Joss Whedon knows how to spend his capital well. After becoming 2012's most successful director with his uber-film The Avengers, Whedon has chosen to go all Shakespeare on us—not in a high-brow fashion but with his black-and-white version of Much Ado About Nothing, which raised more than a few eyebrows at its world premiere at the Toronto International Film Festival. Most Hollywood directors follow up box office success with sequels or prequels. So for Whedon to hang up the capes and consider one of the greatest comedies ever is indeed much ado about something.
I must admit to great skepticism when I settled in to the theater with a few hundred Whedon fans, but I was hooked from the start. Much Ado About Nothing is one of the finest film adaptations of the Bard's tale, due in large part to fine screen acting with nary a stage affectation in sight.
Employing many of his alums from Buffy the Vampire Slayer and Firefly, Whedon has corraled a fine round-up of talent, including Amy Acker, Alexis Denisof, Nathan Fillion, Fran Kranz, Jillian Morgese, Sean Maher, Clark Gregg and Reed Diamon. They expertly weave the iconic tale of valor and betrayal with generous shares of humor.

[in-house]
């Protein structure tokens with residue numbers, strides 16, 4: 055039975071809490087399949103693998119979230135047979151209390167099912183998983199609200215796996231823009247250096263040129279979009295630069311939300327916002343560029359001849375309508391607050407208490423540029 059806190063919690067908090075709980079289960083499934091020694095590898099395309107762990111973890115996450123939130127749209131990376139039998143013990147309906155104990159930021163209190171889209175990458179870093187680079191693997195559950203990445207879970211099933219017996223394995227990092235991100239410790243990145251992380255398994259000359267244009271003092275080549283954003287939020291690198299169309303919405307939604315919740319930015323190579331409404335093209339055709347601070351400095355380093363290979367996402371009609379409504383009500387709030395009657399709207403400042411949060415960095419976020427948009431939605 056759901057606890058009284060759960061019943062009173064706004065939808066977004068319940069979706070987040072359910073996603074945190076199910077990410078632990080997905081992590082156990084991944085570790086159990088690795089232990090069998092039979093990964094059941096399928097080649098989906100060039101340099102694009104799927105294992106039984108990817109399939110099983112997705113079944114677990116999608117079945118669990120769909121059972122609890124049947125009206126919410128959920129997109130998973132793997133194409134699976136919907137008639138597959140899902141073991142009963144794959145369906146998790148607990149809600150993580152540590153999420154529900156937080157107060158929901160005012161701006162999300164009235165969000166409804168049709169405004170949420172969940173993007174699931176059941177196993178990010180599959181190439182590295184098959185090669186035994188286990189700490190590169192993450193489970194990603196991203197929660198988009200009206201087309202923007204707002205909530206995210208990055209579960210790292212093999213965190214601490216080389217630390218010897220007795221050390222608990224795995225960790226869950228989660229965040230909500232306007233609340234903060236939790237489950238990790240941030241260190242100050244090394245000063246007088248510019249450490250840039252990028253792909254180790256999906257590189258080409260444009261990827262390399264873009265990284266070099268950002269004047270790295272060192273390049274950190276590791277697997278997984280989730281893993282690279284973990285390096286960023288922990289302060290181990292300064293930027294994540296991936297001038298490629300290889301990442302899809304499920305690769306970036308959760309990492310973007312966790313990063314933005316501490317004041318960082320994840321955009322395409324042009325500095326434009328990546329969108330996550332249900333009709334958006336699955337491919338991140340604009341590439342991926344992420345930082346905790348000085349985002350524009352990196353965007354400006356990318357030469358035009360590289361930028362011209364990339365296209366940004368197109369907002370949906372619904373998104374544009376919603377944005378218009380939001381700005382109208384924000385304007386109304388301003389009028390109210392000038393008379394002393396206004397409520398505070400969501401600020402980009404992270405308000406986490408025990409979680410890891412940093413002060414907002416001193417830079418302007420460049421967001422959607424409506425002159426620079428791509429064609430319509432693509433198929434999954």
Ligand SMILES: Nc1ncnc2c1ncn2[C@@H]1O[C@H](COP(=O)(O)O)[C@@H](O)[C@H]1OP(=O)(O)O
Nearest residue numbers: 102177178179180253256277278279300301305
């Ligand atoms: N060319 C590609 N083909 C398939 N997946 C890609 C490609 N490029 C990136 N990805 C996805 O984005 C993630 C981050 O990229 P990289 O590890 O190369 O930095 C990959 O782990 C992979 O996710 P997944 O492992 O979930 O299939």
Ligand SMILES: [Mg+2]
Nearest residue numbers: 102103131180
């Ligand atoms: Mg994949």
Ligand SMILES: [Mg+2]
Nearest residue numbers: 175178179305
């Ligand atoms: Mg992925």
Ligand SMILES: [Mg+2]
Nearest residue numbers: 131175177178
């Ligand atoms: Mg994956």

You've probably heard that Whedon filmed Much Ado About Nothing in 12 days at his Santa Monica home. It doesn't look like it for a minute. The editing is snappy. The scenery is gorgeous in black and white, and Whedon even penned the lovely score.
Whedon was as surprised as anyone at the Toronto audience's reception, which included a bit of howling and a standing ovation. Better yet, the film was snapped up by distributor Roadside Attractions, so we can expect to see this wonder in Boise sooner than later. Which is great news. I look forward to seeing it again.